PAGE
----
Bank Conflicts and Serialized Warps

I’ve been running a few small kernels through the CUDA Visual Profiler to test my understanding of shared memory, and I’ve run into a bit of a problem.

I’m almost certain that my kernel should be causing 16-way bank conflicts, but according to the “warp_serialize” field in the profiler, this isn’t the case.

The kernel is listed below:

[codebox]global void bank_conflicts(float* array) {

extern __shared__ float cache[];

float tmp = cache[threadIdx.x * 16];

array[threadIdx.x] = tmp;

}[/codebox]

For each thread in a warp, (threadIdx.x * 16) % 16 will evaluate to 0, which I thought would force all threads to access the same shared memory bank. If this is the case, then all warps should be serialized.

However, if I run this kernel using a single block of 32 threads then the Visual Profiler reports that “warp_serialize” is equal to 120. I could almost understand if this value was 128 (each of the 32 threads reads 4 bytes) but that it is 120 has me completely baffled!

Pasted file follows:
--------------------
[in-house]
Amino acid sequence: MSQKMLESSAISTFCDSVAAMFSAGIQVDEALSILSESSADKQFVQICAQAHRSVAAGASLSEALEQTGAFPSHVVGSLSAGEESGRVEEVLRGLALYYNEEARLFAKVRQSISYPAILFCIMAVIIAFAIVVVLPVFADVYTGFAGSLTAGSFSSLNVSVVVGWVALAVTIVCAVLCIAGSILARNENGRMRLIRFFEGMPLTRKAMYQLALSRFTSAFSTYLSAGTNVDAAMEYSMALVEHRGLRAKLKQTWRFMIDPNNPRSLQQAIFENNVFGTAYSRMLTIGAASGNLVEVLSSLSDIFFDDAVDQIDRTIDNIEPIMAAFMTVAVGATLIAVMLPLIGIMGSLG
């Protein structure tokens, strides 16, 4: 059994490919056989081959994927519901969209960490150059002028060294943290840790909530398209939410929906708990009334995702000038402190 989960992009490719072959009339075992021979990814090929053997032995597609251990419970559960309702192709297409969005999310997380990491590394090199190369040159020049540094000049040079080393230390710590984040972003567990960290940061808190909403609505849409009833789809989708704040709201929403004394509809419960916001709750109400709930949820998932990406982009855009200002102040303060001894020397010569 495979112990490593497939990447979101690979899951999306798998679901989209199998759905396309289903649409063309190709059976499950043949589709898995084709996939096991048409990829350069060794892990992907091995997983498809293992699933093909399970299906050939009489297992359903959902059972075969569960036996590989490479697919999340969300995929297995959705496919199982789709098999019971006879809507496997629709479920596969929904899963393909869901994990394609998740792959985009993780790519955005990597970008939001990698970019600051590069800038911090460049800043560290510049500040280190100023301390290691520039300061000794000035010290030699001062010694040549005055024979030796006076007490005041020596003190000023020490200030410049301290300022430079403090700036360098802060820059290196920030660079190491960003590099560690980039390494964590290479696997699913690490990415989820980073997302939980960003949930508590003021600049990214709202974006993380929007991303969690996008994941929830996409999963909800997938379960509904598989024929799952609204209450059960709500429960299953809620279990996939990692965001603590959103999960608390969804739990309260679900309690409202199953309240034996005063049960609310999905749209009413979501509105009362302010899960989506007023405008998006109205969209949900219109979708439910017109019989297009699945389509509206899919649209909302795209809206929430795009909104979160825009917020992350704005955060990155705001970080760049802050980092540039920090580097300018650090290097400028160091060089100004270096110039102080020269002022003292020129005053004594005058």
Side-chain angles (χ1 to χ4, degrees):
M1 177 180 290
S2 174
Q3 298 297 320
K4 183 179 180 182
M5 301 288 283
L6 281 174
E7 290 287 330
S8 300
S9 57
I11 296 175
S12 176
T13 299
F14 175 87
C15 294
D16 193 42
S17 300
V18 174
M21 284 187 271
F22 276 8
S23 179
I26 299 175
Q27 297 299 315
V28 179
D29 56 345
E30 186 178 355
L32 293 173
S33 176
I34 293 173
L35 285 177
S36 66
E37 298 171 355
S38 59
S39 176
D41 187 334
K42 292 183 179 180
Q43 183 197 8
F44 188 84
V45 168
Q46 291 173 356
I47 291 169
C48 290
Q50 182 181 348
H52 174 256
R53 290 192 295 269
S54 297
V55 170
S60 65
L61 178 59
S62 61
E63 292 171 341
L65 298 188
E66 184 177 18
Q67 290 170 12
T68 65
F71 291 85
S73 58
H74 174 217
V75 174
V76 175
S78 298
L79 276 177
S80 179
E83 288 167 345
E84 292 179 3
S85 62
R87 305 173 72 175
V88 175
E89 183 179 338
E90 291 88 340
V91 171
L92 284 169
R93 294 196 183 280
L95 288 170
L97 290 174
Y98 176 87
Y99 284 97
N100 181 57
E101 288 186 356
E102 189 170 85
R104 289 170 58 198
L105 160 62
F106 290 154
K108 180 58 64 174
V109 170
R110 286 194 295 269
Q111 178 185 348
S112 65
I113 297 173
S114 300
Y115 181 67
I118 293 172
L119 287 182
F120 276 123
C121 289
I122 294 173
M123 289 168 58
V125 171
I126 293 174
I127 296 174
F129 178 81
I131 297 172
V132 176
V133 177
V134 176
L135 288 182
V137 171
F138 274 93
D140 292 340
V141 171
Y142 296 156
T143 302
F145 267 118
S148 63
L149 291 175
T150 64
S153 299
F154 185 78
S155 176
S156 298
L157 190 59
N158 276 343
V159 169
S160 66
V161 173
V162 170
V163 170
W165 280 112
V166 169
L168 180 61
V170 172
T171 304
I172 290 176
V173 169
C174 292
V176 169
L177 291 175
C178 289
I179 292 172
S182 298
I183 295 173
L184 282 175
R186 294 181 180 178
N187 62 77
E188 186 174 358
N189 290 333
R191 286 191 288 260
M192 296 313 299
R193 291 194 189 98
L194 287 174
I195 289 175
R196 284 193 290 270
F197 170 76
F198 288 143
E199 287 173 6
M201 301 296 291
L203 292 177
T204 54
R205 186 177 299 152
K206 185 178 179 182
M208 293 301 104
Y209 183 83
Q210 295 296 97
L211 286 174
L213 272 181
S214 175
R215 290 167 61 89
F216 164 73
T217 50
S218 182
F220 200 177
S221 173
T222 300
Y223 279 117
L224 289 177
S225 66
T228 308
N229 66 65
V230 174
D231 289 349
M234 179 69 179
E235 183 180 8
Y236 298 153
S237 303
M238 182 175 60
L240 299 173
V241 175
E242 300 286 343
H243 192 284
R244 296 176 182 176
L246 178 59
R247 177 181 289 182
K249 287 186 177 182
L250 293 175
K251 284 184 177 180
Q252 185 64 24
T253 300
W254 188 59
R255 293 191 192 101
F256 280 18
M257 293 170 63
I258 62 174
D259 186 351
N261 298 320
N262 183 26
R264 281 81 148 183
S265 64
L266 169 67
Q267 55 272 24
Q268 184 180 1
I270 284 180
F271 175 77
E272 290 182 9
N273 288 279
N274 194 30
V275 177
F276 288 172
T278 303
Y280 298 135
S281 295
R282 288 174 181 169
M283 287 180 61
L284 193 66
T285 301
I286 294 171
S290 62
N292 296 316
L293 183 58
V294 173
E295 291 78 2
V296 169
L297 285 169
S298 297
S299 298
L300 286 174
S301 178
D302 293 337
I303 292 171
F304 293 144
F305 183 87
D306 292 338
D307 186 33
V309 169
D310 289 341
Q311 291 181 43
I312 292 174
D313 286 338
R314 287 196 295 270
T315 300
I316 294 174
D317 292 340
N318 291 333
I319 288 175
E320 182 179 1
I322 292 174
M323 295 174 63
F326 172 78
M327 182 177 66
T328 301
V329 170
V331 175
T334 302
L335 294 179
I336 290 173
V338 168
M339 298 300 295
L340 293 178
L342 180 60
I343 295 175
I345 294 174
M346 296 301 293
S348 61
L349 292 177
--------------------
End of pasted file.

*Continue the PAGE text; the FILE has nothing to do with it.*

If anybody could shed light on the situation, it would be much appreciated!

EDIT: Another curious point of note is that the Visual Profiler reports that this kernel contains 5 branches, and that 1 of them is divergent. Does anybody know what’s going on?

If all threads in a half-warp access a single address, shared mem goes into broadcast mode and delivers all data in a single cycle.

Maybe I’m being stupid, but how would that happen in this case?

The value of threadIdx.x is different for each thread, so cache[threadIdx.x * 16] will evaluate to a different memory location on each thread. My understanding is that this would result in them accessing the same bank, but with different addresses.

Hm, that was a brainfart on my part. Disregard.

Perhaps they don’t count the first thread when reporting on warp_serialize? Otherwise it would be at least 1 for any program.

I thought the traditional trick was to allocate a shared array of n*17 to force offseted access.
http://people.maths.ox.ac.uk/~gilesm/hpc/N…tion_Harris.pdf
look p.41

EDIT: I read you post too fast. But if you did an allocation of cache with a size n %16 != 0 then it’s the reason you don’t have bank conflict.

I can see why that would happen, but the amount of shared memory I’m allocating is defined as threads * 16, so size % 16 will always be 0.

(Thanks, by the way, for the tip about padding shared memory; I’m sure that will come in useful later.)